The unforeseen reach of the worldwide COVID-19 pandemic has slowly shifted from a health and survival standpoint to a financially calamitous one. The aftereffects of pandemic-caused shifts in societal and workplace day-to-day living have placed enormous pressure on a commercial real estate system already beset by unsustainable growth and inflated value over the past 15 years. And now, in a manner of speaking, the chickens are coming home to roost.
Years in the Making
Or, to use a term that is perhaps more accurate, the chickens have flown the coop. The percentage of in-office workers is barely half what it was before COVID and emptier offices have led to struggling urban downtown areas and a precipitous drop in inner-city commercial value – in some places 35% or higher. This has led to an estimated across-the-board crash of $76 billion in commercial real estate value. And the market isn’t poised to recover anytime soon.
Rising interest rates and uneasy worldwide financial footing have left some property owners struggling to meet their bills. ‘Troubled’ commercial real estate assets – defined as properties that undergo forced sales because their owners can’t afford the mortgage – rose 10% during the first quarter of 2023. In the same time span, commercial mortgage delinquencies rose 3%. While rising Federal Reserve interest rates have attempted to stem the tide of inflation, an unfortunate side effect has been to make meeting mortgage payments that much more difficult for owners.
Ready to Stabilize or About to Slide Even Further?
Market experts are divided as to whether industry safeguards are poised to stem the bleeding or if this is just the beginning of a full-blown market crash. Some analyses have concluded that declining commercial real estate values are an inevitable ‘correction’ for overly optimistic valuations in the 2010s. These bullish insiders believe the current market’s challenges are manageable and point to available ‘anti-default’ tactics that are available for borrowers, the inevitability of interest rates dropping back to normal levels, and that the amount supposedly lost is a drop in the bucket compared to the overall commercial market.
On the flip side, financial groups like Morgan Stanley are maintaining a less optimistic and decidedly bearish outlook and have begun predicting that this commercial market instability has the potential to become worse than the Financial Crisis of 2008. Rising vacancy rates, plummeting property values, and widespread ambivalence of office workers to give up their remote and/or hybrid work routines may potentially be the catalyst for a ‘perfect storm’ of widespread commercial property devaluation. To make matters worse, the Fed has teased the possibility of raising interest rates even further, in an ongoing effort to spark the stagnant and sluggish national economy.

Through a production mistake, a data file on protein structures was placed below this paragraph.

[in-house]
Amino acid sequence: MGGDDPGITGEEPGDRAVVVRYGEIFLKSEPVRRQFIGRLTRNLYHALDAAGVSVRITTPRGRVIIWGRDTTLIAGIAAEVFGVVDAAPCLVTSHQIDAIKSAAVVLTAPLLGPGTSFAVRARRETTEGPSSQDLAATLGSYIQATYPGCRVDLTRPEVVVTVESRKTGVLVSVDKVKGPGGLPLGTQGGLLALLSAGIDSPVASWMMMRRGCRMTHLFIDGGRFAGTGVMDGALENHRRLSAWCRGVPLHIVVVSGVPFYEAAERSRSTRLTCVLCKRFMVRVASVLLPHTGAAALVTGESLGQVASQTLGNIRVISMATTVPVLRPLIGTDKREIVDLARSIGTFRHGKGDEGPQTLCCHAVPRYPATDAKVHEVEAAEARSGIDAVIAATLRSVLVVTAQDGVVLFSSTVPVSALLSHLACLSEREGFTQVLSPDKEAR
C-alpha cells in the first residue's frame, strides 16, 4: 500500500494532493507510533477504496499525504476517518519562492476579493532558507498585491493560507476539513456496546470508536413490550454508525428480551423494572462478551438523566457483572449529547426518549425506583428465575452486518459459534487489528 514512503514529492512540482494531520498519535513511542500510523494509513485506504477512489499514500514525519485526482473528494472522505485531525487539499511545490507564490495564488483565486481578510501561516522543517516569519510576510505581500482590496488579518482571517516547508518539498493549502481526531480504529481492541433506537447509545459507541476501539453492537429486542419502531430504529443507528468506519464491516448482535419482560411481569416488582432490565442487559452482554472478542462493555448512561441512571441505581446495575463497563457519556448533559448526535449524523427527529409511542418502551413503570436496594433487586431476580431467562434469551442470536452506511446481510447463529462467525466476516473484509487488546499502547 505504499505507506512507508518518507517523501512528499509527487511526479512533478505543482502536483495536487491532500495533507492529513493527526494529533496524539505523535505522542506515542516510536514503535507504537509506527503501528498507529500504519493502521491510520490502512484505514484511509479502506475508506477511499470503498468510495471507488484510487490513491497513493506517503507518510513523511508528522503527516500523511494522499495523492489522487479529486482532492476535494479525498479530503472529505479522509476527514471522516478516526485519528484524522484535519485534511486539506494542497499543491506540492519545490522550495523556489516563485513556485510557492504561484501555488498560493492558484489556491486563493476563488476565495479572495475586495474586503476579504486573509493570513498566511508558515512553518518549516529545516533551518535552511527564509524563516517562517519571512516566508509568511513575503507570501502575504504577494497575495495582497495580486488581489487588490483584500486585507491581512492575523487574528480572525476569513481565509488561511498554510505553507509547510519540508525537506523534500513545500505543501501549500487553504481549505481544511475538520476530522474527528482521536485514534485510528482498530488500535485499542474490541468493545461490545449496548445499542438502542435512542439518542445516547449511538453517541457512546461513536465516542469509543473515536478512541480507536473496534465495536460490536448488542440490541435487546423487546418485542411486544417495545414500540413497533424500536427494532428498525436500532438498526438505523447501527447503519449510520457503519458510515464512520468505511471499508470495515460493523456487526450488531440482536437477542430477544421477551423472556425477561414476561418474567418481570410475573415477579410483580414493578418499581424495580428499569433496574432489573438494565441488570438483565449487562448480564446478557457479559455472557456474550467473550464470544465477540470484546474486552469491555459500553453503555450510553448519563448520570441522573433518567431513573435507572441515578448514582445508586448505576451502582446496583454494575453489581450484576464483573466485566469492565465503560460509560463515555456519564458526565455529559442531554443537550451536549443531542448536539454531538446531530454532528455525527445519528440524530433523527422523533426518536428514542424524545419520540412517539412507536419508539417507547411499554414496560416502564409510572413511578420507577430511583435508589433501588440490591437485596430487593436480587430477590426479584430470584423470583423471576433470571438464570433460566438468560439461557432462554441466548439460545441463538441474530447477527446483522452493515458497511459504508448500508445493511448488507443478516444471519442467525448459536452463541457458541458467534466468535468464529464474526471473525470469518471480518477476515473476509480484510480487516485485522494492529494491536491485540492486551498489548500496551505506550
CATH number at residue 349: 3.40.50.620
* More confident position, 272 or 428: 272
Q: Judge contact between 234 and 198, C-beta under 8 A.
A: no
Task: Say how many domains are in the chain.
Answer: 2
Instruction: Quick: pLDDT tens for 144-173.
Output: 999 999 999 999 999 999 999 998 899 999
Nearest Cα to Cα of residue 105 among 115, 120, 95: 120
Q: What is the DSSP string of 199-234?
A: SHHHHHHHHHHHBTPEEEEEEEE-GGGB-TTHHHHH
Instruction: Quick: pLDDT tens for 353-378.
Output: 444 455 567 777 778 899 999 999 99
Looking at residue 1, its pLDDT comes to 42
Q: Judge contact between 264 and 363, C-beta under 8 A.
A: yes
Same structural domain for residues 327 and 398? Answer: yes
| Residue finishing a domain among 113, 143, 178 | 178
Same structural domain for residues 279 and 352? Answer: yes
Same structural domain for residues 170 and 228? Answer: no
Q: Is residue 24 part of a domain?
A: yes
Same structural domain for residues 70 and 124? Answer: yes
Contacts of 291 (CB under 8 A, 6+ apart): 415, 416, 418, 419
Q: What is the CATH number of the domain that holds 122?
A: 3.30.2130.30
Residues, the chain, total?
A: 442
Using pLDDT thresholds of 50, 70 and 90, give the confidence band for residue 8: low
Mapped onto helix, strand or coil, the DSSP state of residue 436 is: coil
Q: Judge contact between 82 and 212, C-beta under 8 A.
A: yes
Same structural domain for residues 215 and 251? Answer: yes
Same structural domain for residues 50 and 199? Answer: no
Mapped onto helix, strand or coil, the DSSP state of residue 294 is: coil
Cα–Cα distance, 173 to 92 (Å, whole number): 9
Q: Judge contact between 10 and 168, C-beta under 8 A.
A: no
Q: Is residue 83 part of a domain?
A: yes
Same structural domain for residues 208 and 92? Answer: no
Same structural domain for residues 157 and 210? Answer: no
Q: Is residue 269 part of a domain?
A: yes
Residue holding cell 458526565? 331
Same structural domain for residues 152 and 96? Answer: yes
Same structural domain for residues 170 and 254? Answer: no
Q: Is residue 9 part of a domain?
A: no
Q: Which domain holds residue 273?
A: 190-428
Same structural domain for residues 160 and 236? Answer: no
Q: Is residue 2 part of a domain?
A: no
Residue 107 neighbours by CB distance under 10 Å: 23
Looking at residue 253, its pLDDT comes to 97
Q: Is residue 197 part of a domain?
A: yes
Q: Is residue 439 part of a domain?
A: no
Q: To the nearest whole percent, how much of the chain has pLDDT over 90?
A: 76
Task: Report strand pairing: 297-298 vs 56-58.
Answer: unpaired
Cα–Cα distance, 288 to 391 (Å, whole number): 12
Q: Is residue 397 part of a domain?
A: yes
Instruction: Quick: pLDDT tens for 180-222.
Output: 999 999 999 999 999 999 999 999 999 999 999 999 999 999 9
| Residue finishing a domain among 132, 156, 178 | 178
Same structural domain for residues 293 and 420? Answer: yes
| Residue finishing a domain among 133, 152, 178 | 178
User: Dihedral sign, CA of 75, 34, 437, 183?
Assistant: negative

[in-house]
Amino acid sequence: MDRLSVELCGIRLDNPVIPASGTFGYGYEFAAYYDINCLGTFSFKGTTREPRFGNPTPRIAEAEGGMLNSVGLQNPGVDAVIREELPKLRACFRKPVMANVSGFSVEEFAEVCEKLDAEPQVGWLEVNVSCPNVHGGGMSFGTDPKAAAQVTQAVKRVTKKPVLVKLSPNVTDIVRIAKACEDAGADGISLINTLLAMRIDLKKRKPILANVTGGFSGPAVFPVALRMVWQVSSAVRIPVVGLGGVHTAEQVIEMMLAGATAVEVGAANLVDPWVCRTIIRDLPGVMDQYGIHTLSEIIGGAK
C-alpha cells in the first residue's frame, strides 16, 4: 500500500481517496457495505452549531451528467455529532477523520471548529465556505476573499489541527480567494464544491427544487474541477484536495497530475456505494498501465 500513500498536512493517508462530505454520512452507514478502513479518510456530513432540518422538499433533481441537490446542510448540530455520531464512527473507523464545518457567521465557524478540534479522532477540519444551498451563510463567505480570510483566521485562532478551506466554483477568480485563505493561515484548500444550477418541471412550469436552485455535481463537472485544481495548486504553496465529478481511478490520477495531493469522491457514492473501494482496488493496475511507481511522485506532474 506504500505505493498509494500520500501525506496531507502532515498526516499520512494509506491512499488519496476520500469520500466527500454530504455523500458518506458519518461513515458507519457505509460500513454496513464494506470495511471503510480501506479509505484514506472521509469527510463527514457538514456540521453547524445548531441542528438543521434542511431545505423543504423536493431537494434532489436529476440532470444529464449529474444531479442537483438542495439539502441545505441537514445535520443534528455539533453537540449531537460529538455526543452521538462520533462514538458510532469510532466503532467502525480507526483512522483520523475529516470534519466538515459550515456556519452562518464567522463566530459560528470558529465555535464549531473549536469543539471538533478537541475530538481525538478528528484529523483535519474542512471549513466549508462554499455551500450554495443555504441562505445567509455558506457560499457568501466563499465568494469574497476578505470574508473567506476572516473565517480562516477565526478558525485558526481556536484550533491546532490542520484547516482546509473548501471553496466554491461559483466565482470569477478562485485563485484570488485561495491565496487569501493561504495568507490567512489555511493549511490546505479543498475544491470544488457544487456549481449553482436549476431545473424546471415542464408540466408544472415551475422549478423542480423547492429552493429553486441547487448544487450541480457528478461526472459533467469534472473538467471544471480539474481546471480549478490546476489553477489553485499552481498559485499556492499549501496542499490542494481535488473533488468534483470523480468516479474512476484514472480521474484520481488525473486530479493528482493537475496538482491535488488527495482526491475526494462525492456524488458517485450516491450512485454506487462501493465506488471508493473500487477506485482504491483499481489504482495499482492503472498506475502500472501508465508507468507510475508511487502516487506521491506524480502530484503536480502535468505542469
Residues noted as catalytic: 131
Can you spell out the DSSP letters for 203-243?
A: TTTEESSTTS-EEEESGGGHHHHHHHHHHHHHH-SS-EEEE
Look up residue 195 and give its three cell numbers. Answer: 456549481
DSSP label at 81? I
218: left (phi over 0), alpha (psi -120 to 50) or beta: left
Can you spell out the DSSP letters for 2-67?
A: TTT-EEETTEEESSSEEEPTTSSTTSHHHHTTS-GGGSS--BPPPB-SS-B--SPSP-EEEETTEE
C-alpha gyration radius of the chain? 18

Re-Floating the Sinking Ship
To set things back on the right track, some industry insiders warn that nothing short of a paradigm shift in city structure and societal focus might be needed. With a mass exodus of workers from downtown areas to their home offices, many urban downtowns are not adequately equipped to do the one thing that is needed from them – lure workers back with amenities and services. Many downtowns – especially in the Midwest – have been cultivated over the decades as where people worked because, simply, that’s where the jobs were.
With remote work options now more entrenched by the month now that the height of COVID appears to have come and gone, ‘concrete jungle’ downtowns cluttered with office space and not much else (like entertainment, food, and leisure choices) are in increasing danger of being stuck in a “doom loop” of increasing commercial vacancies, decreasing revenues, and curtailed services, an ouroboros of failing infrastructure that feeds upon itself. Only time will tell if cities have the resolve and foresight to reposition their downtowns as an attractive place for workers to venture out into the office again or if this is just the difficult re-positioning of a shifting society.
Taking Advantage of a Bear Commercial Market
Richards Rodriguez & Skeith’s team of commercial real estate attorneys believe that lessons can be learned from difficult economic times, including the dot-com bubble, the Financial Crisis of 2008, and today’s ongoing ramifications of the COVID pandemic. We’ve been here before and our experience with debt restructuring, foreclosure, litigation, bankruptcy, and a host of other transactional issues have made us well equipped to advise our clients. And one thing that we’ve noticed from braving those storms is that one man’s catastrophe is another’s opportunity, to spin a common phrase. If you’re experiencing commercial real estate challenges or have identified opportunities to derive benefits from conditions in the current market, we may be able to help! Contact us today for more information.